Ariel Pink has been releasing his lo-fi psychedelic pop for a decade now. Two years ago was the first time Ariel Pink released his music as a group, under the name Ariel Pink's Haunted Graffiti with 2010's Before Today. It's been two years since it was released and the effects can still be felt all over the world. Lead single 'Round and Round' is a soulful 80s dance track with Ariel Pink's typical psych vibes. The strength of this album has no doubt helped the release of their sophomore album Mature Themes. Ariel Pink's solo material has been released on Animal Collective's Baltimore based label Paw Tracks, but since becoming Ariel Pink's Haunted Graffiti, 4AD has been the home of the Los Angeles psychedelic pop outfit.
Before Today really was Ariel Pink's breakthrough and I’m sure Animal Collective are happy their debutant surfaced so vigorously. Mature Themes like its predecessor is a vintage album. The sounds are a mi between 60s pop, 70s synth pop and 80s new wave. 'Kinski Assassin' kicks off the album in a bewildering style. Listeners know not to dive deep into Ariel Pink's lyrics because what you may find will either devastate or confuse you. The track covers all grounds of rock music and has the odd instrumentals and odd vocals to give it this highly intelligent yet partially gimmicky sound. Likewise on the second track 'Is This The Best Spot?', where the lyrics create a confusing and laughable atmosphere. The structure is brilliant and the lo-fi instrumentals still shine through with distortion on the synthesizers.
The titular track is one of my favourites because of the melody. It also includes one of the best vocals on the album bar 'Only In My Dreams', the lead single and killer indie rock track that matches their previous 2010 anthem 'Round and Round'. Listening to Ariel Pink's Haunted Graffiti is surreal. The bass patterns on 'Driftwood' are fantastic, though it leaves you wandering what the theme actually is. But that's the point of Mature Themes; the clue is in the name. The odd ball moments are by far the best moments on the album, but the straight up indie pop / rock moments such as 'Only In My Dreams' pay off.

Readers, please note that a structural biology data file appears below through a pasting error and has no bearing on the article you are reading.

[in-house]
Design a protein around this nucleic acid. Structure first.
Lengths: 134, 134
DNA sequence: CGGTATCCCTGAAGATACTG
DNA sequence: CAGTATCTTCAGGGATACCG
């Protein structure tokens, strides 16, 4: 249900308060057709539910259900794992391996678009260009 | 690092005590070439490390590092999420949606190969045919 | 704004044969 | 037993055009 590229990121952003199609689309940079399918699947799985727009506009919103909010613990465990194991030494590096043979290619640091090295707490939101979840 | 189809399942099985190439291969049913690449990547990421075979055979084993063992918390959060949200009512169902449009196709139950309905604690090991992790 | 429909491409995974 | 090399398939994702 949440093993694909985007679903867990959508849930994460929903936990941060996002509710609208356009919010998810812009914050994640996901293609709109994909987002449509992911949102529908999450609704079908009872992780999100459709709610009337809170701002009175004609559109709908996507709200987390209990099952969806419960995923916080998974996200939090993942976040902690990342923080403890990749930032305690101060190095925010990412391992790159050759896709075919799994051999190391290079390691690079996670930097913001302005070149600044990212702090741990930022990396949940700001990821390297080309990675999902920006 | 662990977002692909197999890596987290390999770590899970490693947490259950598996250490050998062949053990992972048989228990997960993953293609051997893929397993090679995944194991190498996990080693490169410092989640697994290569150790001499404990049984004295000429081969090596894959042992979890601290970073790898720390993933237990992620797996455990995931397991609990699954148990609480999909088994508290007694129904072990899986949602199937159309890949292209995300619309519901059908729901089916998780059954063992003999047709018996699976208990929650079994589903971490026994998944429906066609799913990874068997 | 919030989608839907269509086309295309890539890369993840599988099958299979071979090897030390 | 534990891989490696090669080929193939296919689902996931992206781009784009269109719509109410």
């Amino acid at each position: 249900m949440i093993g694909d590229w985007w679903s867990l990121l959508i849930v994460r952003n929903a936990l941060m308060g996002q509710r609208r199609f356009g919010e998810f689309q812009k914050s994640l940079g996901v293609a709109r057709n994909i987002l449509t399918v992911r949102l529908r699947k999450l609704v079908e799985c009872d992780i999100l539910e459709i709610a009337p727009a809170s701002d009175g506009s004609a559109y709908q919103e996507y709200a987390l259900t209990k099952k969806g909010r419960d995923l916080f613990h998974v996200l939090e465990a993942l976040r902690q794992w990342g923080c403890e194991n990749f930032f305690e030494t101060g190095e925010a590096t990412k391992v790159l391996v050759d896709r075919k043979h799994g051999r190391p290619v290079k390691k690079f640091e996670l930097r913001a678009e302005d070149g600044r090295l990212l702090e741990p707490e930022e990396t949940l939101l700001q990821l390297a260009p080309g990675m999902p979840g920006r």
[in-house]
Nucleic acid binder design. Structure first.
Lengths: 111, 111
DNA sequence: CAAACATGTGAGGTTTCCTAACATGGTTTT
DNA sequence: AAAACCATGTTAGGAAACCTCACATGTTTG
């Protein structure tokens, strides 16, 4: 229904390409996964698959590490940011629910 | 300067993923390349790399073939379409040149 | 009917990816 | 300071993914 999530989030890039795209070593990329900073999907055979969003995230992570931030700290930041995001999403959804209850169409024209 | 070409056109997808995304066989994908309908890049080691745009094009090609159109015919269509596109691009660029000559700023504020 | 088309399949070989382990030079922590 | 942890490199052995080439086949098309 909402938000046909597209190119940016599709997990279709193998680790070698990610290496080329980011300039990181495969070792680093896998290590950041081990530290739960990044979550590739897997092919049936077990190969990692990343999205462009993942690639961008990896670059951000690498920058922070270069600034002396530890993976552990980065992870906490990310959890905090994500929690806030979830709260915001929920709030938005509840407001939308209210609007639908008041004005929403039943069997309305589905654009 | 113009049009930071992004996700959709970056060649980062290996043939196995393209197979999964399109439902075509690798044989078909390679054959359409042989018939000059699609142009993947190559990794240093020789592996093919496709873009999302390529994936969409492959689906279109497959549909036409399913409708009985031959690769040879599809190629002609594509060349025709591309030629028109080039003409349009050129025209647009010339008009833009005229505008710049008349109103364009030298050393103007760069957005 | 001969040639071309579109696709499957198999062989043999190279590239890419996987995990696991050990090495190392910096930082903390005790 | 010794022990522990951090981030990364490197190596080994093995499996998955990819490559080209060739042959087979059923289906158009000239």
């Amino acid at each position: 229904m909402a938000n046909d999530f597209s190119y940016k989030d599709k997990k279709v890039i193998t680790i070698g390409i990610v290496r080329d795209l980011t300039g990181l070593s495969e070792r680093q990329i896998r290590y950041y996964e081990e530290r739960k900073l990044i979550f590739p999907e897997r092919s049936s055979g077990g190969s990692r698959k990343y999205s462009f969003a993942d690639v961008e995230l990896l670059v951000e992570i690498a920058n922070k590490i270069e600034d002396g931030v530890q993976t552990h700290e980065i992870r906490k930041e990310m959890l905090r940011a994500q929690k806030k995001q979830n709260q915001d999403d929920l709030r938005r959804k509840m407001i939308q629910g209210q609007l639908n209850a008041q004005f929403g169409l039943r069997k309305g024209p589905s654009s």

Theirs a period of disbelief and clock checking as the mid album tracks kick in. 'Early Birds of Babylon' fails to leave an impression and 'Schnitzel Boogie' serves no real purpose. Ariel Pink can be forgiven for these tracks because they are clearly kooky, intriguing and different, but they're not really good. The following track 'Symphony of The Nymph' is a return to form for Ariel Pink's Haunted Graffiti. The synths sound great and the variances are a clear standout amongst an album full of amoebic material.
'Pink Slime' is another synth based new wave / 80s disco track with the traditional weird vocals with effects plastered over. It's a lovely short two minute track, but again, it's not really any good. This material has been heard before in Ariel Pink's earlier material and on the radio in the 80s, or on Grand Theft Auto: Vice City. 'Farewell American Primitive' has the best hook on the album. The verse is quite simple with a well-polished guitar and a left sided synth. This is not an album to take literally; it's quite frankly a joke, and a good one of that. You won't find quality with in Ariel Pink's Haunted Graffiti; you find your inner self fighting to enjoy something that isn't meant to be enjoyed. 'Live It Up' has a lustrous synth riff, with Ariel Pink singing fashionably quiet.
Another highlight is 'Nostradamus & Me', the seven and a half minute jam. The reverberation has been applied and the good old days of Ariel Pink come flooding back as the rhythm guitar kicks in and the bass starts to sharpen. The vocals are smooth and theirs finally a song on Mature Themes without any pointy edges. It leads the way for the eagerly await closer, 'Baby'. Mature Themes started off with a bang, but started at midnight, when the party was in full effect. The final few tracks are the next morning mug of tea's and toast's with the sun rising over a night full of mess. 'Baby' is the reminder that this album shouldn’t be taken too seriously, because in the end, it's just another release from the odd minded and almost schizophrenic Ariel Pink.